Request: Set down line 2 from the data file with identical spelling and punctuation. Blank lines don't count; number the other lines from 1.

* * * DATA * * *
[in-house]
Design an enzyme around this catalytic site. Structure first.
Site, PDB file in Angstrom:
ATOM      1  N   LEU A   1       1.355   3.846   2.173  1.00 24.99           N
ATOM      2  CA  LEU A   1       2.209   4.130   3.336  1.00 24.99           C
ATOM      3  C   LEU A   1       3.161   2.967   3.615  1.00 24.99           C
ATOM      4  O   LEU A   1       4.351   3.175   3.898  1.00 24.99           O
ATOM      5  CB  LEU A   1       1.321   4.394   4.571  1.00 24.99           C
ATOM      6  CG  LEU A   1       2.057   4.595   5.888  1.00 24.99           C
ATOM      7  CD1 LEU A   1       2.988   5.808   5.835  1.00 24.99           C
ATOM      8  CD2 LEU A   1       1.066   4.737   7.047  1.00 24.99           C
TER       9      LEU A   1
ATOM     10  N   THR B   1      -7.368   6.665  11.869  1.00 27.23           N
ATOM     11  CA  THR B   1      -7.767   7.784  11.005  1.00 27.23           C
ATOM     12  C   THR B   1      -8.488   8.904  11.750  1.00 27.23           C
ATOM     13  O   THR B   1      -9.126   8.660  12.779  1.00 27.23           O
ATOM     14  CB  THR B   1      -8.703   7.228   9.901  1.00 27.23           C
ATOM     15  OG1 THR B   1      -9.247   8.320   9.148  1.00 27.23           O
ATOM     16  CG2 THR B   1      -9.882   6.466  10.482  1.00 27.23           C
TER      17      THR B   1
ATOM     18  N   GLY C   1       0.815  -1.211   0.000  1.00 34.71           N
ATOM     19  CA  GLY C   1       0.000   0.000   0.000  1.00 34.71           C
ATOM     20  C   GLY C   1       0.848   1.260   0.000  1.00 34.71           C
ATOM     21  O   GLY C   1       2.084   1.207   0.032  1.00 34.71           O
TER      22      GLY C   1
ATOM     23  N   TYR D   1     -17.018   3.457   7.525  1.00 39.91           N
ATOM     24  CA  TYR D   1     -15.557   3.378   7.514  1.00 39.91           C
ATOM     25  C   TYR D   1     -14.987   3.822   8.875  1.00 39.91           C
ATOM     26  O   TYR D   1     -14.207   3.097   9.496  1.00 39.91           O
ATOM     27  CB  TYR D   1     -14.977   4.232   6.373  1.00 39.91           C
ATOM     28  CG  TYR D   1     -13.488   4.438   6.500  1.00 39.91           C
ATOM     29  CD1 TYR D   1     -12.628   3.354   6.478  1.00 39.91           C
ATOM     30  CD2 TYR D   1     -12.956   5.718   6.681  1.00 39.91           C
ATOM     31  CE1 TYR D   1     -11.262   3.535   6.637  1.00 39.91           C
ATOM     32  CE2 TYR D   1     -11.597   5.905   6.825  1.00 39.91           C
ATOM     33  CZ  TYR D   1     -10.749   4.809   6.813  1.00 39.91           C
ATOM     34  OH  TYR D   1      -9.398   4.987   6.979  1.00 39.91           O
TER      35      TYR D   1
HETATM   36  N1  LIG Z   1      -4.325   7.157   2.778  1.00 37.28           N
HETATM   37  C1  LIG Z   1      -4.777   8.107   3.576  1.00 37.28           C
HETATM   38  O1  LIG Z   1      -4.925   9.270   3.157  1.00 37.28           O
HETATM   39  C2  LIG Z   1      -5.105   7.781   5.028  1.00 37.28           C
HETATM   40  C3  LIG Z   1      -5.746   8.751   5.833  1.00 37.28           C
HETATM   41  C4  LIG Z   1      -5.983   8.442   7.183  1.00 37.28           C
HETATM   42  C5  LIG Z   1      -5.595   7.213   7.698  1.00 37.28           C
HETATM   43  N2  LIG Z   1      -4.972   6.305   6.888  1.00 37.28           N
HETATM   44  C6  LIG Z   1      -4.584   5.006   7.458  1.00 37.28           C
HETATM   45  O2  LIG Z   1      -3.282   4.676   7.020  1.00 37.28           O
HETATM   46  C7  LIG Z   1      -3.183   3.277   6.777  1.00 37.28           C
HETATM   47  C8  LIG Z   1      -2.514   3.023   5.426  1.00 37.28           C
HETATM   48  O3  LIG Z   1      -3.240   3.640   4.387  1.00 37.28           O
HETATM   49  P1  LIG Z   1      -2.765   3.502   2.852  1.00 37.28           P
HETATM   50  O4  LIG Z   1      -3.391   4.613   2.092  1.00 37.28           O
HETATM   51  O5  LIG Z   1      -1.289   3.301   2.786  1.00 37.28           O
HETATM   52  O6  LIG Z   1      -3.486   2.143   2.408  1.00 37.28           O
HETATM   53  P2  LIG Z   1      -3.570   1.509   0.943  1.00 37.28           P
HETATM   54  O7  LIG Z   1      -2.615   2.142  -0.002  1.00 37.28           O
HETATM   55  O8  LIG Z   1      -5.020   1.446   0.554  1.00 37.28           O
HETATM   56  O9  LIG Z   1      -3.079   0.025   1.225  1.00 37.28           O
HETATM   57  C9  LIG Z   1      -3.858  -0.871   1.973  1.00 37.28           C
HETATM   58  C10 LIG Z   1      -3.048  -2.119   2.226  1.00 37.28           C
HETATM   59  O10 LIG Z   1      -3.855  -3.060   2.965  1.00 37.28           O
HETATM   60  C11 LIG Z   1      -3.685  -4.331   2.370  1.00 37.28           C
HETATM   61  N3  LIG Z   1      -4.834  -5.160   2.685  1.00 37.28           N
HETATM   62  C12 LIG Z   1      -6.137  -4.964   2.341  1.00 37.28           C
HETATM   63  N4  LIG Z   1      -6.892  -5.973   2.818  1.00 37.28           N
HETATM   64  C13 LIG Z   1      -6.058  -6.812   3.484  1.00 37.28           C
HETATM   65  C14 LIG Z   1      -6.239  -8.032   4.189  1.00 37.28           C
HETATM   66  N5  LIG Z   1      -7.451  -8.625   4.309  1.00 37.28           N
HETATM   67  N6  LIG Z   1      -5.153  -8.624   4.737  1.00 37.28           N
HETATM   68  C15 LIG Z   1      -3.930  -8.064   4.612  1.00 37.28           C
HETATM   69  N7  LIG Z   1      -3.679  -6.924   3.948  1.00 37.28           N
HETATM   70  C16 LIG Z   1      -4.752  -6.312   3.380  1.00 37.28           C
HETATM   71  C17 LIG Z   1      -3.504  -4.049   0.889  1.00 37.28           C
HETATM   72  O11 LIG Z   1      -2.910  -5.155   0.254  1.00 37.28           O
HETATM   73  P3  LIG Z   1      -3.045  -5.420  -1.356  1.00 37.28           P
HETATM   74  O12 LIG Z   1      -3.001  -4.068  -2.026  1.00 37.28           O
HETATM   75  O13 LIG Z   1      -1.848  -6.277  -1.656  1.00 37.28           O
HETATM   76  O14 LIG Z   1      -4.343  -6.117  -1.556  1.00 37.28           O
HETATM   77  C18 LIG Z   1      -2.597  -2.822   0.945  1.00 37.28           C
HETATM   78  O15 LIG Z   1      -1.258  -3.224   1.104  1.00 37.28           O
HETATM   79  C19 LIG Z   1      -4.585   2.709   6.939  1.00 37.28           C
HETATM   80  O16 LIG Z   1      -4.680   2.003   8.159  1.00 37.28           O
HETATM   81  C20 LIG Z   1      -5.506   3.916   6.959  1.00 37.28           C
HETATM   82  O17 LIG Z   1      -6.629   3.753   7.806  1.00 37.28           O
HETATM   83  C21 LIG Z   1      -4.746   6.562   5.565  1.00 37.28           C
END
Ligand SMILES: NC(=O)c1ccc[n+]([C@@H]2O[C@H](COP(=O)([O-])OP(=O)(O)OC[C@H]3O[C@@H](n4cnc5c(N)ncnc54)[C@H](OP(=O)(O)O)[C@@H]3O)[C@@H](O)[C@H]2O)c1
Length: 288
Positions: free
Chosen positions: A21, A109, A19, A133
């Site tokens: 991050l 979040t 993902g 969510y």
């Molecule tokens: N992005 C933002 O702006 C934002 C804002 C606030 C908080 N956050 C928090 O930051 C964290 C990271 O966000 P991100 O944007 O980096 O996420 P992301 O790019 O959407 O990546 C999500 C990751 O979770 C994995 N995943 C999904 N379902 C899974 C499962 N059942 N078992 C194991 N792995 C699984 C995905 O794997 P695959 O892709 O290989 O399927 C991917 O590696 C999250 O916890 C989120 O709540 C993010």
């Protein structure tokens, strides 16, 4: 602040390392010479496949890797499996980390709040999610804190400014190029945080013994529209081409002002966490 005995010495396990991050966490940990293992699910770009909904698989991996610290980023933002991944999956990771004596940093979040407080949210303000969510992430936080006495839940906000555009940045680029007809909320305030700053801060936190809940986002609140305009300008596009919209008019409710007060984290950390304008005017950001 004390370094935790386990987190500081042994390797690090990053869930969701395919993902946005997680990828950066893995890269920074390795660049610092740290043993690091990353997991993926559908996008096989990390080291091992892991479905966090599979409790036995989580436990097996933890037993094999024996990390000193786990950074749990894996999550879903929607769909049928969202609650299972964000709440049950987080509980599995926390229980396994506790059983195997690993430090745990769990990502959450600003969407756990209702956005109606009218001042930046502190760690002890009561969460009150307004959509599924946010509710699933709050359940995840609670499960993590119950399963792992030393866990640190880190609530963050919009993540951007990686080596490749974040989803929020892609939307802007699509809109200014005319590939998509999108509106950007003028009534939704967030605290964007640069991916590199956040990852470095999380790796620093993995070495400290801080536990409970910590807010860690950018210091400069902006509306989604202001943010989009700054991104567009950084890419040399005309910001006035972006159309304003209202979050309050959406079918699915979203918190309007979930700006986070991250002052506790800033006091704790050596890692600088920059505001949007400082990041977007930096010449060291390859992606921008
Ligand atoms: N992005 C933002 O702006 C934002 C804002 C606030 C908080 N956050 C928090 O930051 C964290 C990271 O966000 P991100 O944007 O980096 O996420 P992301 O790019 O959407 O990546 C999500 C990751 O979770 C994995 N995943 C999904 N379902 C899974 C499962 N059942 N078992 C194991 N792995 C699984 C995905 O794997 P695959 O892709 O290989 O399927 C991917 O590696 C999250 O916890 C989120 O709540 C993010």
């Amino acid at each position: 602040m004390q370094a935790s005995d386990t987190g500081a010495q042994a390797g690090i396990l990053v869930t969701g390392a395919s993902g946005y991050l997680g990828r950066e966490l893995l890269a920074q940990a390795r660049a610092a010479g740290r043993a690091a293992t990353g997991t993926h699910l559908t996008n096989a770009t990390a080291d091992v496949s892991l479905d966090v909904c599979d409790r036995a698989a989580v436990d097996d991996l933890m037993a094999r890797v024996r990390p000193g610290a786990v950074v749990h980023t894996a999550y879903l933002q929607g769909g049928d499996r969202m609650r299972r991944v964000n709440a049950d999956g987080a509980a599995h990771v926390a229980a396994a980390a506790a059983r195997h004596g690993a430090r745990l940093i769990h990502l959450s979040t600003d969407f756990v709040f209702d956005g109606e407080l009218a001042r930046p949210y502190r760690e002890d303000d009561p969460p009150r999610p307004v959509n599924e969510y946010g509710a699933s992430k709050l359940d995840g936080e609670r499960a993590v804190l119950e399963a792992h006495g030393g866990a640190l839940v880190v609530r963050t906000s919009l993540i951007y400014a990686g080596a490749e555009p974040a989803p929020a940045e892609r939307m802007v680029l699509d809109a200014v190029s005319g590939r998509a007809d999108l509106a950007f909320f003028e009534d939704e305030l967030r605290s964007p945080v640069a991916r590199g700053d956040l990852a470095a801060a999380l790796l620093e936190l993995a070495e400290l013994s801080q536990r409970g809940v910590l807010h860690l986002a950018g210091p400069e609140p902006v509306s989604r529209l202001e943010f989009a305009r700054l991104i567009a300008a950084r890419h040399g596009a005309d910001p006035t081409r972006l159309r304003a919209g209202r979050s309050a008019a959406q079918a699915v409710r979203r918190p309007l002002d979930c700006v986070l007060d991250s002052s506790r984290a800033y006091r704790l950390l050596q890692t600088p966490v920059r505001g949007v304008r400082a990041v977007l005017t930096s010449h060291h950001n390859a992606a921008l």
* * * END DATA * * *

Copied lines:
Design an enzyme around this catalytic site. Structure first.